With the increasing levels of compliance regulations and required audits, both internal and external, keeping track of necessary documents is more important than ever.
One of the best examples is the recent overhaul of the U.S. food-safety system, which calls for an increase in government inspections at food processing facilities and gives the Food and Drug Administration (FDA) the ability to order mandatory recalls of unsafe food. Part of the recall process requires manufacturers to provide remote access to critical records and documentation to the FDA for investigation and audit purposes.
That's a nightmare come true for food producers with scattered and disorganized document management. One that could mean disaster to the business – from lost revenue to facility closure. After all, a typical FDA recall can cost millions of dollars.
A well thought out enterprise content management (ECM) can ease minds and facilitate audits and other compliance requirements. In fact, most manufacturing organizations realize their biggest cost savings from existing auditing costs, including remote, secure access to critical documentation, after implementing a smart ECM solution.
Furthermore, the right records management solution will manage length of retention and final disposition of documents. In other words, give your document an expiration date and it will automatically delete when the date arrives (or send you an email to let you know it's time to purge the document and allow you to review and approve the deletion).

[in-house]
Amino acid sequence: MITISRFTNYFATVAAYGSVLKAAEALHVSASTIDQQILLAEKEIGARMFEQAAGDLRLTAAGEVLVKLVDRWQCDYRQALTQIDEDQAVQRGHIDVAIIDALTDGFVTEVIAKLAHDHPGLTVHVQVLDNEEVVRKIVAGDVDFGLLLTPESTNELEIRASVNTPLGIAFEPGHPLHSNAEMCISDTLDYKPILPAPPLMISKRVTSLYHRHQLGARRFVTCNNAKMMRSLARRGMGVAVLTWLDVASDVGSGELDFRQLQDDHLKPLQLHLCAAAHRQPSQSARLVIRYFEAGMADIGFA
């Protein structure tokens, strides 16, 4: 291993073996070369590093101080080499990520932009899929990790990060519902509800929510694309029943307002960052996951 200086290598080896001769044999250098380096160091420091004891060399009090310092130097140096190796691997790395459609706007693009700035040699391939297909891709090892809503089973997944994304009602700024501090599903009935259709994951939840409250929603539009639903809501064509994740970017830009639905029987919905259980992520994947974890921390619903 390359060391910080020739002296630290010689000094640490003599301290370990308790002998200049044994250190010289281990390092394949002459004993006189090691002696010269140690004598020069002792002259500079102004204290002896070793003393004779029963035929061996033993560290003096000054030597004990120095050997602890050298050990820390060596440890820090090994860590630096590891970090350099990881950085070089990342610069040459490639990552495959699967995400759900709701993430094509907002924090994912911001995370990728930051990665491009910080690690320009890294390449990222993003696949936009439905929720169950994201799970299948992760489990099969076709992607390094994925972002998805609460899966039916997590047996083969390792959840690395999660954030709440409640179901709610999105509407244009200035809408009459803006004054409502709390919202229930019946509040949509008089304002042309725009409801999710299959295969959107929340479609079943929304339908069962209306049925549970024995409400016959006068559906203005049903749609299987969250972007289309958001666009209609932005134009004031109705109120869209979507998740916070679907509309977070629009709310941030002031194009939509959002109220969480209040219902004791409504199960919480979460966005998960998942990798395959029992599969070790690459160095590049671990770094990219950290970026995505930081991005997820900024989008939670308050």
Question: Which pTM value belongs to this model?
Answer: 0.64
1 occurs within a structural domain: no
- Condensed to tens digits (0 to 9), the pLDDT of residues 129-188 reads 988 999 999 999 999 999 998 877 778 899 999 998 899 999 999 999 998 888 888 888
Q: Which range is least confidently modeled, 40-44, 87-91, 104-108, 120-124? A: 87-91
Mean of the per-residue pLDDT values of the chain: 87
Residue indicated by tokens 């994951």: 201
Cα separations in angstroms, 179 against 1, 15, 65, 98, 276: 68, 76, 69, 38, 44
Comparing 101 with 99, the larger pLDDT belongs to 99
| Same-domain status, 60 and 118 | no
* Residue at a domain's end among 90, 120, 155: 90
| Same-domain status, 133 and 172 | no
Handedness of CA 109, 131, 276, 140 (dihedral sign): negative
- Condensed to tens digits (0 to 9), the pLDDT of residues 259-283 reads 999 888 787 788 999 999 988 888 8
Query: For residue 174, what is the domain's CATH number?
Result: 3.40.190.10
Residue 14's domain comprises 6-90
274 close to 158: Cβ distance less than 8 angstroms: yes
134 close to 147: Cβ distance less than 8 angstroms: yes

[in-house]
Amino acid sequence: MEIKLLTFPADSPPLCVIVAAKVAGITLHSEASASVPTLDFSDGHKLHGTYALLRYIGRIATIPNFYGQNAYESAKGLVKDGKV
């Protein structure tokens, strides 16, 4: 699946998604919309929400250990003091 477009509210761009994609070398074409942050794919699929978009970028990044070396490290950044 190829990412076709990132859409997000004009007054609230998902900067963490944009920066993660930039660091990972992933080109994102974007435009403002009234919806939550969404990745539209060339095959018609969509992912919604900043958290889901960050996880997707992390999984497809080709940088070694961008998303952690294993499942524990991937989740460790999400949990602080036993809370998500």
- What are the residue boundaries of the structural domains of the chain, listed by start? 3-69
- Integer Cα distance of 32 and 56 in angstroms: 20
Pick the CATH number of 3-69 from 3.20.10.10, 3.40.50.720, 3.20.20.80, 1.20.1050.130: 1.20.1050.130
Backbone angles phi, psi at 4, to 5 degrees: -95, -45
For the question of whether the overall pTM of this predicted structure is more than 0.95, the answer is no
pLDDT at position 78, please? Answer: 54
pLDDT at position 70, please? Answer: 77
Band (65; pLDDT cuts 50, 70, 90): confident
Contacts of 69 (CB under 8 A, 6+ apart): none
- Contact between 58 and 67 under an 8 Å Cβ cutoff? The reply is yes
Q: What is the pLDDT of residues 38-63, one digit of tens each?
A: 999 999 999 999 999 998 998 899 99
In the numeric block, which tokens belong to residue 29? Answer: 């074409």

Work in financial services? Think of how much sleep you'll get knowing how your carefully considered, strategically implemented ECM solution is keeping an eye on your Sarbanes-Oxley (SOX) compliance requirements and helping you manage your compliance costs, nearly $2 million annually for companies with average revenues of $4.7 billion, according to a Financial Executives International survey.
Want to learn even more? Check out this blog post from Michelle Harbinak Shapiro, Hyland Software’s marketing manager for Financial Services.
In the post, Shapiro talks about staying ahead of impending rules by using technology to aid in auditable processes and content, security and flexibility to adapt to new regulations.